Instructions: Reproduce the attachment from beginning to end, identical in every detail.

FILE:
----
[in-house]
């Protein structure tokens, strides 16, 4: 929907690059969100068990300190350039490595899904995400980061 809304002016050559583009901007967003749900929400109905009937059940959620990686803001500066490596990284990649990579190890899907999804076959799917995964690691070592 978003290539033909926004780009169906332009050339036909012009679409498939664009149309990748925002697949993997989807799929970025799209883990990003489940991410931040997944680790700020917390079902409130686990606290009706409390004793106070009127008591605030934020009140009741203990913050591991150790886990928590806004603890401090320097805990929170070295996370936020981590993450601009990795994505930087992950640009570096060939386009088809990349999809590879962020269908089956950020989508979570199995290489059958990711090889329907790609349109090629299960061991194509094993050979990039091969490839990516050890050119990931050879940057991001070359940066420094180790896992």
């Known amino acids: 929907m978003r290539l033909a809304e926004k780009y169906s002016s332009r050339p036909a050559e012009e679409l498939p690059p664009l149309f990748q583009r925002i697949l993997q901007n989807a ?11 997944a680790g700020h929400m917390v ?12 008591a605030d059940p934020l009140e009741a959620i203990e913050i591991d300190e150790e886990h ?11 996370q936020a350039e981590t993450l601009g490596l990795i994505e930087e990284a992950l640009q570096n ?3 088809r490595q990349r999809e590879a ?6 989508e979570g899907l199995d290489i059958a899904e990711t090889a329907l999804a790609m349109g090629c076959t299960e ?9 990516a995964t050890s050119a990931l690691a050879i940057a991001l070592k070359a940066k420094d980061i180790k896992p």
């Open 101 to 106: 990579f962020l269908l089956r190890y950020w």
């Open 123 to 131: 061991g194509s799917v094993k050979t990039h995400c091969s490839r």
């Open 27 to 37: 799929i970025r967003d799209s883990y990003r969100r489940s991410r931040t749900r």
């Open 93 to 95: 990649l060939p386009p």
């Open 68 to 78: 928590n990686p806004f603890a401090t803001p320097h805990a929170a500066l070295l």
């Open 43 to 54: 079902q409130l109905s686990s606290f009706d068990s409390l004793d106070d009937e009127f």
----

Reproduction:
[in-house]
């Protein structure tokens, strides 16, 4: 929907690059969100068990300190350039490595899904995400980061 809304002016050559583009901007967003749900929400109905009937059940959620990686803001500066490596990284990649990579190890899907999804076959799917995964690691070592 978003290539033909926004780009169906332009050339036909012009679409498939664009149309990748925002697949993997989807799929970025799209883990990003489940991410931040997944680790700020917390079902409130686990606290009706409390004793106070009127008591605030934020009140009741203990913050591991150790886990928590806004603890401090320097805990929170070295996370936020981590993450601009990795994505930087992950640009570096060939386009088809990349999809590879962020269908089956950020989508979570199995290489059958990711090889329907790609349109090629299960061991194509094993050979990039091969490839990516050890050119990931050879940057991001070359940066420094180790896992």
């Known amino acids: 929907m978003r290539l033909a809304e926004k780009y169906s002016s332009r050339p036909a050559e012009e679409l498939p690059p664009l149309f990748q583009r925002i697949l993997q901007n989807a ?11 997944a680790g700020h929400m917390v ?12 008591a605030d059940p934020l009140e009741a959620i203990e913050i591991d300190e150790e886990h ?11 996370q936020a350039e981590t993450l601009g490596l990795i994505e930087e990284a992950l640009q570096n ?3 088809r490595q990349r999809e590879a ?6 989508e979570g899907l199995d290489i059958a899904e990711t090889a329907l999804a790609m349109g090629c076959t299960e ?9 990516a995964t050890s050119a990931l690691a050879i940057a991001l070592k070359a940066k420094d980061i180790k896992p």
């Open 101 to 106: 990579f962020l269908l089956r190890y950020w």
């Open 123 to 131: 061991g194509s799917v094993k050979t990039h995400c091969s490839r």
């Open 27 to 37: 799929i970025r967003d799209s883990y990003r969100r489940s991410r931040t749900r």
């Open 93 to 95: 990649l060939p386009p």
């Open 68 to 78: 928590n990686p806004f603890a401090t803001p320097h805990a929170a500066l070295l």
């Open 43 to 54: 079902q409130l109905s686990s606290f009706d068990s409390l004793d106070d009937e009127f």